Arthritis is characterized by destruction of the joint surfaces resulting in pain, stiffness, and inflammation, or swelling of the joints. This may be a result of either inflammatory processes, as in rheumatoid arthritis (RA) or degenerative changes of overuse or trauma, as in osteoarthritis (OA).
Osteoarthritis, or degenerative arthritis, is a condition that develops from the gradual “wear and tear” on the joints. Cartilage covers the ends of the bones. The cartilage creates a smooth surface that protects the bones from wearing down by allowing them to glide against each other. With osteoarthritis, the cartilage slowly wears away until the bare, unprotected ends of the bones begin to rub together, destroying the joint and causing pain, swelling and stiffness.
One of the most common arthritic conditions of the hand involves the joint at the base of the thumb and wrist. This condition is called Basilar Joint Arthritis. The basilar joint is formed by a small bone in the wrist (trapezium) and the first bone in the thumb (metacarpal). This joint enables the thumb to move in many directions for gripping and pinching. This condition is more frequently seen in women and is thought to be related to activities that require repetitive, resistive pinching and/or bend of the thumb.
Significant arthritis and deformity of the joint at the base of the thumb results in disabling pain and loss of hand function.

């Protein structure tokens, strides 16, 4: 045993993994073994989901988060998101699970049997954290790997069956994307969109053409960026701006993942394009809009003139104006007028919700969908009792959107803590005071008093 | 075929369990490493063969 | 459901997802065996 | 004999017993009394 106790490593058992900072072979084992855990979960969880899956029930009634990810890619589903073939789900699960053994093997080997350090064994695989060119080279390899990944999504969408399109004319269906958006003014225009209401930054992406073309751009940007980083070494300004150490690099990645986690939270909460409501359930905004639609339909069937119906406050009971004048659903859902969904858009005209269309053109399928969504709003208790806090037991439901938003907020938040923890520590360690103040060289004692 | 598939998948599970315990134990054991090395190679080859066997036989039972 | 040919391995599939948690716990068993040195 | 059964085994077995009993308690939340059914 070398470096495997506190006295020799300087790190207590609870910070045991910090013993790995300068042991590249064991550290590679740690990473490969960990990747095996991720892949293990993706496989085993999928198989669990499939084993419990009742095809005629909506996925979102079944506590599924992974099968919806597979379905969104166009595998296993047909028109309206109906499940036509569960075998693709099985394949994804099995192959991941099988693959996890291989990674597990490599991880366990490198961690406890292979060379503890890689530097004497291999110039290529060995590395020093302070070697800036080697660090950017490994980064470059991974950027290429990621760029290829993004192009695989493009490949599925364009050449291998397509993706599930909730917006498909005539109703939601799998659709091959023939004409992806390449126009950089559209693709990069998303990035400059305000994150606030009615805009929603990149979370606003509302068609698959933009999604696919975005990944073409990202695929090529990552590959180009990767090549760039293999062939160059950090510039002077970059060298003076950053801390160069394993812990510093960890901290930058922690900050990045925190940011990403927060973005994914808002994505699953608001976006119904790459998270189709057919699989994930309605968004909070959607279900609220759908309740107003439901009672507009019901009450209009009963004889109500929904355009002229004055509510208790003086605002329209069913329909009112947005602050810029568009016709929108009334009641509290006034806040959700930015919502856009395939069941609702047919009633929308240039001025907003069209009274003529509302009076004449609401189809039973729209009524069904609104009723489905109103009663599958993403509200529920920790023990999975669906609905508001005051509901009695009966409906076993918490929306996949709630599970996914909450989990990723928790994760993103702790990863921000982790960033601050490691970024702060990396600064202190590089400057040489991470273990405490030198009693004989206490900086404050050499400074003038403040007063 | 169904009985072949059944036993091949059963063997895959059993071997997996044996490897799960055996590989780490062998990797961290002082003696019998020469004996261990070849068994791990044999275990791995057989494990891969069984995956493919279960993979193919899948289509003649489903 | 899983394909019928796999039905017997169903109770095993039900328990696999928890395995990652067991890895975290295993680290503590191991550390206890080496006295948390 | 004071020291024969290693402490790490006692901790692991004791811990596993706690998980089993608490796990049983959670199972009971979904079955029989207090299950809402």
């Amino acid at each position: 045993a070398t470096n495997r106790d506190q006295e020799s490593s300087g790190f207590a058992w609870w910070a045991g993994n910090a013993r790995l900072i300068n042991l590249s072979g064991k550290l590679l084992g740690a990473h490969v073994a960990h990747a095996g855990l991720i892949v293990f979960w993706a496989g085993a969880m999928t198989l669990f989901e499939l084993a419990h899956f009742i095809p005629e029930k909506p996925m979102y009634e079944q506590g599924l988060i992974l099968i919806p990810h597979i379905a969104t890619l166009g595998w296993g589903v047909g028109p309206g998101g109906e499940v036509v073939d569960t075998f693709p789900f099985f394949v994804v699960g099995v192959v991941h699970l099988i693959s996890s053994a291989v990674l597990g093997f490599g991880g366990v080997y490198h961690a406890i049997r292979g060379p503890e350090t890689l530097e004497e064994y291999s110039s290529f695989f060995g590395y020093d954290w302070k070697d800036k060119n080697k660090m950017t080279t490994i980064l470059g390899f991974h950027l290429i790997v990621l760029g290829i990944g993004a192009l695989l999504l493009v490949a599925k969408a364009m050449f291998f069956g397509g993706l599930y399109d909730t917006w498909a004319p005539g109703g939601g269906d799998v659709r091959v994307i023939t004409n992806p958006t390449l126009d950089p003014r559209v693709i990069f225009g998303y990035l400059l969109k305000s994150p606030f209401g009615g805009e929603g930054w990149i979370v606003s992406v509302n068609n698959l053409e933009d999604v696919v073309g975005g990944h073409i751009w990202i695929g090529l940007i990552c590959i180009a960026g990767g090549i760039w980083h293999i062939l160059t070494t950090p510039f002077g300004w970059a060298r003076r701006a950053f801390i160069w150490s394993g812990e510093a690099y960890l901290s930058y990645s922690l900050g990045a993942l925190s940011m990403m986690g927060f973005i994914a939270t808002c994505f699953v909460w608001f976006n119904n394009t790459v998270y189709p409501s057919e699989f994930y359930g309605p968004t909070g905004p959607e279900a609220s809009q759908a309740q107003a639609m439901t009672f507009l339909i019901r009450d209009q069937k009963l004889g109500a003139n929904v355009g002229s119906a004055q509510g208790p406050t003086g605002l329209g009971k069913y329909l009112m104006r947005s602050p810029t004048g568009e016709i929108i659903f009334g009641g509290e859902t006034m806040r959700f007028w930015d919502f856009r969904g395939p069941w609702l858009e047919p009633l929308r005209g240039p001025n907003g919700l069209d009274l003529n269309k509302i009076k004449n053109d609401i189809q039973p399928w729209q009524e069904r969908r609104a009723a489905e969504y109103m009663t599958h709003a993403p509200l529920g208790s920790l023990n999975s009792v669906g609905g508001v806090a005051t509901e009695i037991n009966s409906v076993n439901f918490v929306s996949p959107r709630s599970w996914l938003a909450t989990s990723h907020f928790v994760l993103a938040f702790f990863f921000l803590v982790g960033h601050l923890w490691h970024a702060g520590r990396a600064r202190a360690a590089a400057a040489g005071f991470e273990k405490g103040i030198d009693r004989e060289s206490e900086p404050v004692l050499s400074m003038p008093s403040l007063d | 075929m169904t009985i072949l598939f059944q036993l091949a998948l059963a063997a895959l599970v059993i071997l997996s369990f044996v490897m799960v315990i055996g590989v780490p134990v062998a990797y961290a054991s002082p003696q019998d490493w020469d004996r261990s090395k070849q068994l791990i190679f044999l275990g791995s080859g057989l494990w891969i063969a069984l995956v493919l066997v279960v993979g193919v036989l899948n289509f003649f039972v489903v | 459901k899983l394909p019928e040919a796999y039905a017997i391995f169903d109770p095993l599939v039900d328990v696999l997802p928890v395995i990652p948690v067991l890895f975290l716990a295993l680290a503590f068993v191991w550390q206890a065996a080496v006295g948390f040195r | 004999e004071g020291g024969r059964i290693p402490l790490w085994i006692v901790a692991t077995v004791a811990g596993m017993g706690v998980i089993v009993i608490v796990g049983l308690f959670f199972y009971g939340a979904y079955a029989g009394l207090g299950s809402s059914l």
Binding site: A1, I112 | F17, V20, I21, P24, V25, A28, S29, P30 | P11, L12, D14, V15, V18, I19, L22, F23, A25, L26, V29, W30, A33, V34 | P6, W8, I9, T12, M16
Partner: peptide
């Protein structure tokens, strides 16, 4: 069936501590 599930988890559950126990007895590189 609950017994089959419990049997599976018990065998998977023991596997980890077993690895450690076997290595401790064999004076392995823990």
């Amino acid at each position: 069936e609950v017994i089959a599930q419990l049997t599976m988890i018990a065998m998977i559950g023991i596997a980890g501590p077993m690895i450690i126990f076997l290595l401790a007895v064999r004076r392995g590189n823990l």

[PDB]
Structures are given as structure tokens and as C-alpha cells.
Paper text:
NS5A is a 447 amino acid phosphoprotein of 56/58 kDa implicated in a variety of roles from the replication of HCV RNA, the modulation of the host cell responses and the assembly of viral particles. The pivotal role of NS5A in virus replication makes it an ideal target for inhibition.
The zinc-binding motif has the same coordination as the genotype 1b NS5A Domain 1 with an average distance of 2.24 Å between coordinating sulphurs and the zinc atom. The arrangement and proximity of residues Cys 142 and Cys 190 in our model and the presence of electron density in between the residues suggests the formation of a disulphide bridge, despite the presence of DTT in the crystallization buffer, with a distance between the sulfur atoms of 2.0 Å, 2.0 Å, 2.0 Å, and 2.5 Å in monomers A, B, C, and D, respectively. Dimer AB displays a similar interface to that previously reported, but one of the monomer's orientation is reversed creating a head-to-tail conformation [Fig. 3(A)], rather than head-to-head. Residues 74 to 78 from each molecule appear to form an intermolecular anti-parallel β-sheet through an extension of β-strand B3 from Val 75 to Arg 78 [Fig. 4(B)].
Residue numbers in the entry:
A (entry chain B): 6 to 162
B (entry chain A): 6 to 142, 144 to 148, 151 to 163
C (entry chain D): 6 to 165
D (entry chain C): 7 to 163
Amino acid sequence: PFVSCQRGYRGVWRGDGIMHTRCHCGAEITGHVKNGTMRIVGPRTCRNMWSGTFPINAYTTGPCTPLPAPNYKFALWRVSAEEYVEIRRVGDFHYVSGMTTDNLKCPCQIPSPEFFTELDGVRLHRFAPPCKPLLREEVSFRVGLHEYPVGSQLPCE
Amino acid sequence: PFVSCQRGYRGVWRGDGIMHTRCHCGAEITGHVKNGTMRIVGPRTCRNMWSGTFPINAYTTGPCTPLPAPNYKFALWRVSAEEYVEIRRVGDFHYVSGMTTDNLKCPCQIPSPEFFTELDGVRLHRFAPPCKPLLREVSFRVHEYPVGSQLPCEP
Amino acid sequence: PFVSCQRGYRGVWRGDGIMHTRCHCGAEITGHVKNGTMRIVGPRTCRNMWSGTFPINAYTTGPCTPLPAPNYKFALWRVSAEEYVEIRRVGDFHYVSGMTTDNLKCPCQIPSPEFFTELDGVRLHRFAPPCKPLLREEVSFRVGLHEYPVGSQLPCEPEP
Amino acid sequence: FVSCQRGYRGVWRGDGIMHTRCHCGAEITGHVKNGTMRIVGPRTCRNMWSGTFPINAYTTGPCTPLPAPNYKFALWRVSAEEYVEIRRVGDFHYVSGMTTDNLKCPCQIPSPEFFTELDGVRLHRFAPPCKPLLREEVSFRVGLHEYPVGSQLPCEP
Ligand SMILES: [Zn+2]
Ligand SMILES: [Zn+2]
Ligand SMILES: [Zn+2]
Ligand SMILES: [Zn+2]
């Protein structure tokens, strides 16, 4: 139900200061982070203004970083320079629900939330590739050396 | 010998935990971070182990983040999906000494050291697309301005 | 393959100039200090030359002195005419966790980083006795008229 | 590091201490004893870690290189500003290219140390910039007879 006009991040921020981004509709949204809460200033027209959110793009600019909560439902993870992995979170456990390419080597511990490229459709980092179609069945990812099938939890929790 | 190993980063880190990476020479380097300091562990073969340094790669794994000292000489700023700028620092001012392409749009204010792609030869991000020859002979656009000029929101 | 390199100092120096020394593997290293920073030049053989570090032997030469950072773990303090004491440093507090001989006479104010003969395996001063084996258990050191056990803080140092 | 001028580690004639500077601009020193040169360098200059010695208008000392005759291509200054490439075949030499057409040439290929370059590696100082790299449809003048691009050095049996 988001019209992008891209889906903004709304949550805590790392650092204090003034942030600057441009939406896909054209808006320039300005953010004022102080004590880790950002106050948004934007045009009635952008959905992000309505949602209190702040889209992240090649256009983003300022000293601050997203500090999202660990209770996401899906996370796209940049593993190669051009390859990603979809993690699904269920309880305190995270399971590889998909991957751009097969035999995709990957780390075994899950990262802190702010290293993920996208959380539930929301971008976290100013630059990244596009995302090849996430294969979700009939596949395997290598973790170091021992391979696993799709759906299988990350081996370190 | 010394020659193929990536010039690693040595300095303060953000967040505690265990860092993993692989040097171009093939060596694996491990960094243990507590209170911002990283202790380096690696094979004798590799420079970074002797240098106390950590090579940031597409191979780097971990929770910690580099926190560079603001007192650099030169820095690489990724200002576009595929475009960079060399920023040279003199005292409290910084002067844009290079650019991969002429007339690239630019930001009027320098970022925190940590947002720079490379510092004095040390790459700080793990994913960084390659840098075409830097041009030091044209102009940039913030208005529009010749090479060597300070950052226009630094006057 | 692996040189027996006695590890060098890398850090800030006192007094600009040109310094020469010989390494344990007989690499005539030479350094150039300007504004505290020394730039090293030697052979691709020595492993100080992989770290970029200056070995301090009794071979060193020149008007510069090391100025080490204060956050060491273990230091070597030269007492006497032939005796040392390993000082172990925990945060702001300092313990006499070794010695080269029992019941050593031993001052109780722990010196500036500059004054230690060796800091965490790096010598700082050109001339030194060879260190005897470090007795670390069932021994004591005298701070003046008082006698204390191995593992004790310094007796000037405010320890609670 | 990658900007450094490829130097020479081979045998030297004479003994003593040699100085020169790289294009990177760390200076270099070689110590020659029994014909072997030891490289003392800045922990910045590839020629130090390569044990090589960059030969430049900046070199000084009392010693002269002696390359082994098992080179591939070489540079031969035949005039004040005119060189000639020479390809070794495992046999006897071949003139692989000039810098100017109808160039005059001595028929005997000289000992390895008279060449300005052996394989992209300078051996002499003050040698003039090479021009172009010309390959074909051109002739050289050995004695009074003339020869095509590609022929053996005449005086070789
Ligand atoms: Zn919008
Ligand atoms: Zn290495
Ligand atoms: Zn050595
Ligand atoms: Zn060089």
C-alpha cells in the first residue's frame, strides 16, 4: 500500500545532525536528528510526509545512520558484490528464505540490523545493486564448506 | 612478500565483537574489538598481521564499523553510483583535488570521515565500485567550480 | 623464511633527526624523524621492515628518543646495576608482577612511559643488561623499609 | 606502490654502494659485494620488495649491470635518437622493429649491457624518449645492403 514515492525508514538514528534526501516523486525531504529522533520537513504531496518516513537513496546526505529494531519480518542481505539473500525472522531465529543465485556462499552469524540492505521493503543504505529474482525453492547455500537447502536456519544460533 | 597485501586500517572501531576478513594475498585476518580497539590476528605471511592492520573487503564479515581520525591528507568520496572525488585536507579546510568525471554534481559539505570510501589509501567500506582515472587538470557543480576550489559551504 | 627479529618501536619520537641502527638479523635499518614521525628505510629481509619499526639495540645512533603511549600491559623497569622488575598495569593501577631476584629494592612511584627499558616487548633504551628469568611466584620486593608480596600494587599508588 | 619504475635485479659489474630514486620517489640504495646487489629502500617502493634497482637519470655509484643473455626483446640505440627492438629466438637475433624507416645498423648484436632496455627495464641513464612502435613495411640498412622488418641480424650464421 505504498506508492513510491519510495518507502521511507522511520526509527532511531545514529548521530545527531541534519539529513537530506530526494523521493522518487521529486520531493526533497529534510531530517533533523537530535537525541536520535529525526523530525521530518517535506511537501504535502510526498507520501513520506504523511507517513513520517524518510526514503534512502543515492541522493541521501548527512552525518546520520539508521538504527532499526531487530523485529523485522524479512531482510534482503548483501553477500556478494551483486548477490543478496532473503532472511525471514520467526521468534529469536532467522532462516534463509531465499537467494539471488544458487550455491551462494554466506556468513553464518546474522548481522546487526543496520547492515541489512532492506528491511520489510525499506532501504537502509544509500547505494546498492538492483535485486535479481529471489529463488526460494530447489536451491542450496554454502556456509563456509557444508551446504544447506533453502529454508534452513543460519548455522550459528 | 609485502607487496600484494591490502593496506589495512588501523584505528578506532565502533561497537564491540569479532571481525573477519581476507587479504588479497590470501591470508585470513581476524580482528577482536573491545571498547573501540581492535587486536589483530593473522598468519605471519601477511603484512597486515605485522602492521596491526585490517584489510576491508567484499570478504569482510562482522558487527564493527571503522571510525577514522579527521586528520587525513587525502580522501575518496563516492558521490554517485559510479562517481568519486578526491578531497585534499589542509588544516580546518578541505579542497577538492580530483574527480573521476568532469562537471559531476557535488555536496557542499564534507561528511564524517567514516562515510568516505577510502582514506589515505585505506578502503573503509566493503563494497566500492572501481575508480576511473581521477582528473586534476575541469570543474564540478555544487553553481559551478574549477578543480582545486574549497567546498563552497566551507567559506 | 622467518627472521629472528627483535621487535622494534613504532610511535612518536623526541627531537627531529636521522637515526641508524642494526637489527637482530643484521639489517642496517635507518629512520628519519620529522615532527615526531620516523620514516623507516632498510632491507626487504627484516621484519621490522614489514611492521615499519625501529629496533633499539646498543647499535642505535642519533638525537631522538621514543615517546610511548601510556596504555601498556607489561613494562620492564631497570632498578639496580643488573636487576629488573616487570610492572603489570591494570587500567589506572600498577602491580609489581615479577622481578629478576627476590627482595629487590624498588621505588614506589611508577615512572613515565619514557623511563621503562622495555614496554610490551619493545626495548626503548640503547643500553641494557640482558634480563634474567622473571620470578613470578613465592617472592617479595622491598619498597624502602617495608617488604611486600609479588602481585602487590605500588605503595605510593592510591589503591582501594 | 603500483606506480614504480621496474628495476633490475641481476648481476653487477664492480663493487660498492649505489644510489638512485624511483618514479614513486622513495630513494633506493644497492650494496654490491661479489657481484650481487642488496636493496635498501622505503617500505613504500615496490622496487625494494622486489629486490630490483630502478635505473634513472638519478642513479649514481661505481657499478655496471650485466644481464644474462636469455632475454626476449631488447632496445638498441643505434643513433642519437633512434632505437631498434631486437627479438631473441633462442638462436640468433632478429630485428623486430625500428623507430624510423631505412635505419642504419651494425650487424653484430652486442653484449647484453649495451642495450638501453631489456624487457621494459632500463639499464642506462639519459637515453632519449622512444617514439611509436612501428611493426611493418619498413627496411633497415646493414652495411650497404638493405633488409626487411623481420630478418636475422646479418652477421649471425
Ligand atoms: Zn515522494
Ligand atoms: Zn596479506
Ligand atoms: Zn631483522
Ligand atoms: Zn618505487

Early symptoms of arthritis in the hand or wrist include:
hand weakness, difficulty gripping and turning things like a key, door knob or jar lid;
thumb/hand hurts with weather changes, such as cold, rainy days;
thumb hurts with overuse;
and a notable lump in your wrist near the base of the thumb.
Surgical intervention may be needed if the condition becomes severe with marked deformity and joint destruction.
Conservative treatment of arthritis can be beneficial for patients in both earlier and more advanced stages to decrease pain and inflammation. Your doctor may prescribe anti-inflammatory medicine, protective splints/braces and resting the joints. You may also be referred to a therapist for early treatment.
What to expect from therapy
The goals of therapy include increasing mobility, joint stability and functional use of the hand and arm. Your therapy program will include education in the disease process and joint protection, exploration and use of adaptive equipment and techniques, energy conservation, movement and gentle exercises, pain reduction techniques and splinting to protect the joints. Involvement in a conservative treatment program may offer you enhanced control over the disease and symptoms; therefore, decreasing potential deforming and destructive forces on the joints. Your therapist will help you gain/maintain the greatest level of functional use of your hands for your daily activities.